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CIA Realizes It's Been Using Black Highlighters All These Years

LANGLEY, VA—A report released Tuesday by the CIA's Office of the Inspector General revealed that the CIA has mistakenly obscured hundreds of thousands of pages of critical intelligence information with black highlighters.

CIA Director Porter Goss.

According to the report, sections of the documents— "almost invariably the most crucial passages"—are marred by an indelible black ink that renders the lines impossible to read, due to a top-secret highlighting policy that began at the agency's inception in 1947.

CIA Director Porter Goss has ordered further internal investigation.

"Why did it go on for this long, and this far?" said Goss in a press conference called shortly after the report's release. "I'm as frustrated as anyone. You can't read a single thing that's been highlighted. Had I been there to advise [former CIA director] Allen Dulles, I would have suggested the traditional yellow color—or pink."

Goss added: "There was probably some really, really important information in these documents."

When asked by a reporter if the black ink was meant to intentionally obscure, Goss countered, "Good God, why?"

Goss lamented the fact that the public will probably never know the particulars of such historic events as the Cold War, the civil-rights movement, or the growth of the international drug trade.

"I'm sure the CIA played major roles in all these things," Goss said. "But now we'll never know for sure."

In addition to clouding the historical record, the use of the black highlighters, also known as "permanent markers," may have encumbered or even prevented critical operations. CIA scholar Matthew Franks was forced to abandon work on a book about the Bay Of Pigs invasion after declassified documents proved nearly impossible to read.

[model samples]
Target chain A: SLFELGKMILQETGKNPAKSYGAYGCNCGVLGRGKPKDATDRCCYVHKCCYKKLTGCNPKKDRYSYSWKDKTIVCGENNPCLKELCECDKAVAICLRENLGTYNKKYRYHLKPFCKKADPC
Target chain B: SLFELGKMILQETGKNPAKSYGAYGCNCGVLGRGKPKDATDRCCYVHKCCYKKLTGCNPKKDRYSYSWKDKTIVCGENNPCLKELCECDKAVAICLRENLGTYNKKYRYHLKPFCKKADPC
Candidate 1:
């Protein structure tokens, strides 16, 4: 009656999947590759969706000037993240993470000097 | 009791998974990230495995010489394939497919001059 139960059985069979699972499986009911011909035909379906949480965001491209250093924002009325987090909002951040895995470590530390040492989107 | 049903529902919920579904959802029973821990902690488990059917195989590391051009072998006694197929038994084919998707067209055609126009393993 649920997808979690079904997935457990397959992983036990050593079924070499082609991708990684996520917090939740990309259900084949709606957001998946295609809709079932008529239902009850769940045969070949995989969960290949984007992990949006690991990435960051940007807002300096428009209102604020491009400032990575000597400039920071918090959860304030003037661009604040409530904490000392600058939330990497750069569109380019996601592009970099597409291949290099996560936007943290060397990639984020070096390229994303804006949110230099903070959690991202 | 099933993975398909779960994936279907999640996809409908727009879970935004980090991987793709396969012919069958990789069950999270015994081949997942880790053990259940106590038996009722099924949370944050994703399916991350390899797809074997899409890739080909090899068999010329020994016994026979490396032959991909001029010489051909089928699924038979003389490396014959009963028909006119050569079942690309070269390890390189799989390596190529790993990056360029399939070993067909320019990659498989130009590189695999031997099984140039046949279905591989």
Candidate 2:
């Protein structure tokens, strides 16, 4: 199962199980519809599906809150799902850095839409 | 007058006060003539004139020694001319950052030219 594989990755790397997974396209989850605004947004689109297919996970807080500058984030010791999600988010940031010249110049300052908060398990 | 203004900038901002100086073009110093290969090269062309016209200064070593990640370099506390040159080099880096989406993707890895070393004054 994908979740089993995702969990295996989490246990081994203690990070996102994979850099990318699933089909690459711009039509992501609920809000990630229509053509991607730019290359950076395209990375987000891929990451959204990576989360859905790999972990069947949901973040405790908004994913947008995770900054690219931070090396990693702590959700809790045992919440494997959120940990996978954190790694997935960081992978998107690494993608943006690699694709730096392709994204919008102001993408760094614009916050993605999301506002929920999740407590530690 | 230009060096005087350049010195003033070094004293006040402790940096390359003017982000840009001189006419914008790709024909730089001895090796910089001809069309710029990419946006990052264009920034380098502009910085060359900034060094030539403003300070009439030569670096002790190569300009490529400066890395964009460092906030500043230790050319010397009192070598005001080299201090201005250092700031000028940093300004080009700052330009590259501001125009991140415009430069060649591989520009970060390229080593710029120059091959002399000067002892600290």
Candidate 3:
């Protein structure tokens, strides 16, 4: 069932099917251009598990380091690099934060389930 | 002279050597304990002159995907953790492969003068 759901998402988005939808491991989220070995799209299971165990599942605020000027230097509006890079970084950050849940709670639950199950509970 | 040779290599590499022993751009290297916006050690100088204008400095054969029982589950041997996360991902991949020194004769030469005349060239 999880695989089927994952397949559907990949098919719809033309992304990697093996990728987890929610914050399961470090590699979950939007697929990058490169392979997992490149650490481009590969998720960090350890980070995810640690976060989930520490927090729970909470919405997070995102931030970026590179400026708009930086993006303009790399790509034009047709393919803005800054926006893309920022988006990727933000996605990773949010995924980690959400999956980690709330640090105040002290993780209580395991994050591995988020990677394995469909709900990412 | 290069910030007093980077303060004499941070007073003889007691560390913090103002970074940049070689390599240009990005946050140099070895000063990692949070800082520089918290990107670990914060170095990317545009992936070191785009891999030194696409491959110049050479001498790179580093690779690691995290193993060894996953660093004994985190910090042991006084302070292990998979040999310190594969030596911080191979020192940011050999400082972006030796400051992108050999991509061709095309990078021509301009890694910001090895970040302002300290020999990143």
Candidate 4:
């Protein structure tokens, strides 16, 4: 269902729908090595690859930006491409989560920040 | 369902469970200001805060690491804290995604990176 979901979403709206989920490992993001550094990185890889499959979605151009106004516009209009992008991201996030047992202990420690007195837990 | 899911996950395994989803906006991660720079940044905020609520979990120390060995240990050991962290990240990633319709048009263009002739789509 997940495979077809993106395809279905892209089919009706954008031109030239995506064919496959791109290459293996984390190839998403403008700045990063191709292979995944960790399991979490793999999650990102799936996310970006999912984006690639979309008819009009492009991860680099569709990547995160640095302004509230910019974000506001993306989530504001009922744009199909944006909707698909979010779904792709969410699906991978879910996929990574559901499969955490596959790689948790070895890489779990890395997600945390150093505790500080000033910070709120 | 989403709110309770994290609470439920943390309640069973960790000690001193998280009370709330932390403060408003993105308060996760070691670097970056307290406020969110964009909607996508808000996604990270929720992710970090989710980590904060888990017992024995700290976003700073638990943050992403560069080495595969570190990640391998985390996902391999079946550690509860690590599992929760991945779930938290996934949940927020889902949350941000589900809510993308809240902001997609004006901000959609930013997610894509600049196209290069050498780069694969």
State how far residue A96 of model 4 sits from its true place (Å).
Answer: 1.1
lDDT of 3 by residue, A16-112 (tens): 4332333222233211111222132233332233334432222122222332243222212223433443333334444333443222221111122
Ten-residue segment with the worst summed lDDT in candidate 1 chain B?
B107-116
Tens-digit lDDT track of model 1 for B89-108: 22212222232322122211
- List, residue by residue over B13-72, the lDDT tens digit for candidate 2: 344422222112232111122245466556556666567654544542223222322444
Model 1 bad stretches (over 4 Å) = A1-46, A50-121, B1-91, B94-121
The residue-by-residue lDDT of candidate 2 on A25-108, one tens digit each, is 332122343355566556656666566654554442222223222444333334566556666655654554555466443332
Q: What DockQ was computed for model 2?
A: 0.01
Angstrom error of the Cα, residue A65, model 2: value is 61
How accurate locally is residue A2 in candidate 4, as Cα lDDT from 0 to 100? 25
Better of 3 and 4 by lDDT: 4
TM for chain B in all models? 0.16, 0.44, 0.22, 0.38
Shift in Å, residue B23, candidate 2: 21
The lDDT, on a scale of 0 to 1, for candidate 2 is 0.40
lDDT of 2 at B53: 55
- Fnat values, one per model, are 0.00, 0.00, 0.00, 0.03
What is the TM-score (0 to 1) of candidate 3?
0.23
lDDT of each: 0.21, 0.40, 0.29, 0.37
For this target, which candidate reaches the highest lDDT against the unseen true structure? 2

"With all the highlighting in the documents I unearthed in the National Archives, it's really no wonder that the invasion failed," Franks said. "I don't see how the field operatives and commandos were expected to decipher their orders."

The inspector general's report cited in particular the damage black highlighting did to documents concerning the assassination of John F. Kennedy, thousands of pages of which "are completely highlighted, from top to bottom margin."

"It is unclear exactly why CIA bureaucrats sometimes chose to emphasize entire documents," the report read. "Perhaps the documents were extremely important in every detail, or the agents, not unlike college freshmen, were overwhelmed by the reading material and got a little carried away."

Also unclear is why black highlighters were chosen in the first place. Some blame it on the closed, elite culture of the CIA itself. A former CIA officer speaking on the condition of anonymity said highlighting documents with black pens was a common and universal practice.

"It seemed counterintuitive, but the higher-ups didn't know what they were doing," the ex-officer said. "I was once ordered to feed documents into a copying machine in order to make backups of some very important top-secret records, but it turned out to be some sort of device that cut the paper to shreds."

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